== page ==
It’s no secret that the days of trusting banks, churches and judges implicitly are forever gone. With banks having had to pay huge fines for blatant misconduct including fraud, it’s pretty clear that you can no longer afford to turn your back on a financial service provider.
So when other financial companies start expressing concern about how one related industry is behaving, it’s really time to worry. That industry is called “credit repair”. While a large part of it is legitimate, a few truly shady operators have managed to put the whole category in a bad light.
Few people can afford to live on a cash-only basis (ironically, these presumably rich individuals might have very bad credit, having no history).
Of course it frequently is, but, as often as not, other factors play a bigger role. Deceptive financial marketing, such as describing a mortgaged house as an “asset”, or implying that debt repayments will be much lower than actually turn out to be the case, has put many well-meaning people on the blacklist. Banks and their agents will tend to defend themselves by saying “it was in the contract”, but given the page count and complexity of these contracts, this is disingenuous. Most non-bankers tend not to be financial specialists, trust(ed) their bank’s honesty or could not afford a lawyer, and were later punished for these attributes.
Unexpected financial setbacks can also ruin a decent taxpayer’s financial reputation. Medical bills come to mind, or being caught out under-insured when a minor disaster strikes. A debt or tort disputed in court might affect your credit rating, whether you are in the wrong or not.
The way banks handle identity theft has caused lifelong problems for many people. When your credit is suddenly ruined by an unpaid $50,000 loan in your name, which you never saw a penny of, the bank will typically declare that it had to be all your fault, and that they expect payment promptly. This is despite their own systems being demonstrably vulnerable to fraud.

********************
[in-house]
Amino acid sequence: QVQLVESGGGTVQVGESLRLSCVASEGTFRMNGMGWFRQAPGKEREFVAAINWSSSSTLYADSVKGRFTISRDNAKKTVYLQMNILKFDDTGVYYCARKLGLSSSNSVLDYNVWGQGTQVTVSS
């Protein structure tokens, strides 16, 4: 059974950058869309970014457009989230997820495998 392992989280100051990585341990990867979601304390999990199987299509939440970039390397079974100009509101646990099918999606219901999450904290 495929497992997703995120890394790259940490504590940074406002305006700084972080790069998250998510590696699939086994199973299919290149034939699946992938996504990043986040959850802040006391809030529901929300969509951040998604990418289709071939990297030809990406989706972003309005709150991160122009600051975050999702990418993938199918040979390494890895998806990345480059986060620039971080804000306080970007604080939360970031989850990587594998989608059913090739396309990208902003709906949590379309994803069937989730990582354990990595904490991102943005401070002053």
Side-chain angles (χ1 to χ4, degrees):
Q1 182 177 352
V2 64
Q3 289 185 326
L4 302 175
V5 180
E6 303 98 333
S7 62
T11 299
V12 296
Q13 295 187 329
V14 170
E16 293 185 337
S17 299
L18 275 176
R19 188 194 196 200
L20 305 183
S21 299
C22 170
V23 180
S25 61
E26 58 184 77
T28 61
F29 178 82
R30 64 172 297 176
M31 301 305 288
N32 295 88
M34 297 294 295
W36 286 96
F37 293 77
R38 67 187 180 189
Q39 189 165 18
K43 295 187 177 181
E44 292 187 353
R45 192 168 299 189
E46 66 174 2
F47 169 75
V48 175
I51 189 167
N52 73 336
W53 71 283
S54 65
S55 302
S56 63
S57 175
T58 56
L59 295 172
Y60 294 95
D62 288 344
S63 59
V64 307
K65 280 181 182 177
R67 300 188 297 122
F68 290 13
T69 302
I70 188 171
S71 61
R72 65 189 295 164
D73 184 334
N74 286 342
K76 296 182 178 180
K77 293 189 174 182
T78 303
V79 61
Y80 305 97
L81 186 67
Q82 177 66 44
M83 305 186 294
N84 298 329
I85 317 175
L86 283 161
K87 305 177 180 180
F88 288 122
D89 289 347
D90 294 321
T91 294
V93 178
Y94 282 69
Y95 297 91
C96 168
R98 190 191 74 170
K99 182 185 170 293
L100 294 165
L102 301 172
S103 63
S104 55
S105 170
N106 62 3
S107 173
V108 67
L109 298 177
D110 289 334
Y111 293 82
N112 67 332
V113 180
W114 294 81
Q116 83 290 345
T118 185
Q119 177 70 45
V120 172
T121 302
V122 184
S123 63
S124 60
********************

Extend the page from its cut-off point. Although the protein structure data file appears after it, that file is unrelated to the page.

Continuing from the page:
Finally, the algorithm for calculating a credit score is poorly understood by most people. For instance, when you apply for a credit card, the issuing company will look at your rating in order to decide. But when you are approved or declined, this influences that same credit rating! Many otherwise responsible practices can actually hurt your rating, just because of the way it is calculated.
Lies, damned lies and advertising: if you see a phrase like “100% guaranteed!” take a moment to ask why the tautology and exclamation mark is necessary. If the company has a television advert featuring girls in bikinis and actors dressed like animals, alarm bells should be ringing.
If, on the other hand, you find an adviser working out of a small storefront office with a few framed diplomas on the wall, who starts out by talking about your problems instead of how great he is and how much he can do for you, you are very likely dealing with a professional who’s more interested in doing his work than attracting new customers.
Actually, no. Mistakes do happen, and you can contest them; the same thing is true of credit card statements. Everybody should check their credit reports once a year. If you notice an item from some company you’ve never heard of in your life, you can and should query it. To err is human: I know one guy (not in the US) who was threatened with bankruptcy and possible jail time by the tax collector, which bewildered him completely. It was only on his first court appearance that the mistake became clear: same name, different social security number than the person they were after.
If you’ve defaulted on a debt, only time (7 – 10 years) will remove that information from your record. Any legitimate credit repair company will be upfront about this fact, but that doesn’t mean there aren’t many other things they can assist you with. Helping you to restructure debt, advising you on which creditors to pay first for best results and so forth, will improve your credit score substantially if not immediately.
Fueled by the bubble, the effects of which are still being felt, credit repair agencies sprang up like toadstools in the night. Some will just take your money, after which they’ll send you a weekly packet of generic excuses about why nothing is being done. However, there are also many respectable operators who will be clear about what is and is not possible (legally), how long you can expect it to take, and what will be required of you.
The Credit Repair Organizations Act (“CROA”) regulates this industry, and although many operators don’t pay much attention to it, many others are completely scrupulous in following the rules. Remember that, however bad your credit may be, you still have rights, and should insist on them.